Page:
Ladbrokes in Hot Water

Jake Cooper | 04 Jul 2017

Ladbrokes in Hot WaterUK land based and online sportsbetting giant Ladbrokes may have landed themselves in some hot water after information about punters suffering from gambling addiction was found in a bin outside one of the brands Scottish betting shops.

Now, the UK Gambling Commission (UKGC) is considering launching an investigation into the company’s data protection protocols, and find out how the information ended up literally in the street.

According to a local news source, the data was picked up by a passer-by near the Ladbrokes branch in Glasgow. Included in the information were the names, addresses and photos of punters who have opted into the bookmaker’s so-called Moses self-exclusion scheme. This scheme serves to help problem gamblers and allows them to self-restrict their betting activities by imposing a ban on their wagering. Fortunately, although the information was comprehensive, it did not include the punters bank account details or betting histories.

Spotlight on Sensitive Data

Executive director of the UKGC, Tim Miller, has said that the regulatory body will investigate as to why this sensitive data was not disposed of properly, and that customers personal details should never have been compromised in this way. He added that the bookmaker’s customers would have trusted that all their personal information would remain confidential at all times and never be compromised. It should have been properly protected and disposed of in a manner that made it impossible to identify. He said that the UKGC expected all gambling operators to keep well within the data protection laws and regulations and that if there was a breach the operator’s were expected to do everything in their power to mitigate any potential consequences.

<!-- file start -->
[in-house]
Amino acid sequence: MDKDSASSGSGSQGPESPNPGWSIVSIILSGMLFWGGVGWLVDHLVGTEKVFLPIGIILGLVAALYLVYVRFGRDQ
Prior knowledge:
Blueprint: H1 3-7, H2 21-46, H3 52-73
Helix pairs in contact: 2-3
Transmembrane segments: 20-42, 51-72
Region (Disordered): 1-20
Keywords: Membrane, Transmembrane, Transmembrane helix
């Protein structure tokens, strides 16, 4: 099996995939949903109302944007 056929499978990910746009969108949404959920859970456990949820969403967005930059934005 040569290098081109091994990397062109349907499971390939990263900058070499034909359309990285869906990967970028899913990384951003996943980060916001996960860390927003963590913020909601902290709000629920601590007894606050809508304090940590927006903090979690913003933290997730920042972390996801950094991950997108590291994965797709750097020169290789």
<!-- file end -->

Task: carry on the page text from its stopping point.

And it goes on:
Ladbrokes Responds

Ladbrokes has responded to the data leak by saying that they are taking this breach extremely seriously and that they are undertaking a full investigation to determine how the incident occurred. They have also reaffirmed their data policy with all their betting shops and have reminded them of the correct manner in which to dispose of data.

The chief executive of GambleAware, Marc Etches, has hit out at Ladbrokes and has said that he hopes that this data leak won’t prevent other gamblers with problems from seeking help, and that those who are interested in self-exclusion methods should still opt in if needs be. These methods have proven to be very effective in the past, with 83% of punters who have made use of them finding them to be wholly successful. Etches is concerned that this kind of data leak may prevent others from seeking help and urges them to do so regardless, as this type of issue is few and far between.

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